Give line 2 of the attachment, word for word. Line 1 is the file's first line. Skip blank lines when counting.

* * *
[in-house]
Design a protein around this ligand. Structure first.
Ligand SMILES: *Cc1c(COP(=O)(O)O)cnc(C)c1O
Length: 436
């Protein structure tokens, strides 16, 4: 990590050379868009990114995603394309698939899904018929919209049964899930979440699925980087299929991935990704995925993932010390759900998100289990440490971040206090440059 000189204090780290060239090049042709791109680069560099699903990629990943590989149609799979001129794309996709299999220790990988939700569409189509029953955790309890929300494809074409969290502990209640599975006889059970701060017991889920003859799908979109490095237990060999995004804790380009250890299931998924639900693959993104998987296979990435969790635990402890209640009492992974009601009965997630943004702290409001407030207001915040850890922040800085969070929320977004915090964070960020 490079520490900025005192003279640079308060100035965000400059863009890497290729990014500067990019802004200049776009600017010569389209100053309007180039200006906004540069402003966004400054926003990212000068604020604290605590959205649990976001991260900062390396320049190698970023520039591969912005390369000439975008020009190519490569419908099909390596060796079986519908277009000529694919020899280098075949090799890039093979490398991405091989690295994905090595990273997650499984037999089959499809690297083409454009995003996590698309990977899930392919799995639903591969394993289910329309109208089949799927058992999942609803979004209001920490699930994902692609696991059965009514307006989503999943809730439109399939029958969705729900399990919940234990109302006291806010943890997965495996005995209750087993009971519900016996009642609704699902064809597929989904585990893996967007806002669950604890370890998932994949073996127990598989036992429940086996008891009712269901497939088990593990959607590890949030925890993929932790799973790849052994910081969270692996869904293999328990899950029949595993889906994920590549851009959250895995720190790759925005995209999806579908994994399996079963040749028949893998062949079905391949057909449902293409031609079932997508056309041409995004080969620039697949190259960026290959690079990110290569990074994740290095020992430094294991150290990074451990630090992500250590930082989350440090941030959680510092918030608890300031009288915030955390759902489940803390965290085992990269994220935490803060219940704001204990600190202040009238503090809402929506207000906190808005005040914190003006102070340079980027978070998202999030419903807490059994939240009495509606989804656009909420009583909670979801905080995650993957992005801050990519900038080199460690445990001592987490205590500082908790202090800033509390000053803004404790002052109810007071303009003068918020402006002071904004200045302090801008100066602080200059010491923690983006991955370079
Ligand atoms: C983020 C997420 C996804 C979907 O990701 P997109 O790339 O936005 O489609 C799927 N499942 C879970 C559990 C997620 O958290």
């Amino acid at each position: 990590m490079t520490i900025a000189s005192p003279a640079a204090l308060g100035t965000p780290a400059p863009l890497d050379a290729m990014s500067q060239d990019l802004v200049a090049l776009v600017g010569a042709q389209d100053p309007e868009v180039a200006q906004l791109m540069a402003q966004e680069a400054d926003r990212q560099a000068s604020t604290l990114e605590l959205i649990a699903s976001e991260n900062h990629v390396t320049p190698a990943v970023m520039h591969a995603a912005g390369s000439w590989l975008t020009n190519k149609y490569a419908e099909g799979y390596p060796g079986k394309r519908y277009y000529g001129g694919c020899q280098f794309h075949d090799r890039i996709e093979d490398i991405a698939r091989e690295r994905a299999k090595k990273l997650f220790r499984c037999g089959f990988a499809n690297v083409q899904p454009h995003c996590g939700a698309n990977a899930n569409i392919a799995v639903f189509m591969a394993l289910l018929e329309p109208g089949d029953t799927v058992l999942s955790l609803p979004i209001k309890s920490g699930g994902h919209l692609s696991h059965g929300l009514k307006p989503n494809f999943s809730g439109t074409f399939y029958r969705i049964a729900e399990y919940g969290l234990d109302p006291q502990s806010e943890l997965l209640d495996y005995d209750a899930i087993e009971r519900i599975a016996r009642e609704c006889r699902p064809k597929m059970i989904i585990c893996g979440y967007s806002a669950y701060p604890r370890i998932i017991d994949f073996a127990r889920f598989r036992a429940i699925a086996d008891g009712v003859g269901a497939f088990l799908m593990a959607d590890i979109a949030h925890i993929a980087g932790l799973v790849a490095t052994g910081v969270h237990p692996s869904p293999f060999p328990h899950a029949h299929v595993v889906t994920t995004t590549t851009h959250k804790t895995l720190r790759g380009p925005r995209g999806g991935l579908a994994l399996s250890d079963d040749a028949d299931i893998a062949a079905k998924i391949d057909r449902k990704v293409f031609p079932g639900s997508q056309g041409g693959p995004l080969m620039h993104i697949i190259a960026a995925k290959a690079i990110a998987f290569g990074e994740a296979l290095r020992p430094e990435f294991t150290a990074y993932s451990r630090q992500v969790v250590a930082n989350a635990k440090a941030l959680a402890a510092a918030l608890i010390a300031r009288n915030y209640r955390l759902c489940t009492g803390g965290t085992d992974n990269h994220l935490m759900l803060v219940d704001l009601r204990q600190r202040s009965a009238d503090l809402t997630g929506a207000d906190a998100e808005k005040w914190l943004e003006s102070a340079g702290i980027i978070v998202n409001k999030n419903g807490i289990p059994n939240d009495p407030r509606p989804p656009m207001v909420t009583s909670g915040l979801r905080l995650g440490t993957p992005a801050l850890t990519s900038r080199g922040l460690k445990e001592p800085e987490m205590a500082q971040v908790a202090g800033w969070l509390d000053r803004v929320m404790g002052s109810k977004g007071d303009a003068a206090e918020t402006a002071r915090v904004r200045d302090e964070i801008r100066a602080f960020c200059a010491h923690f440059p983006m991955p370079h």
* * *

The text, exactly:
Design a protein around this ligand. Structure first.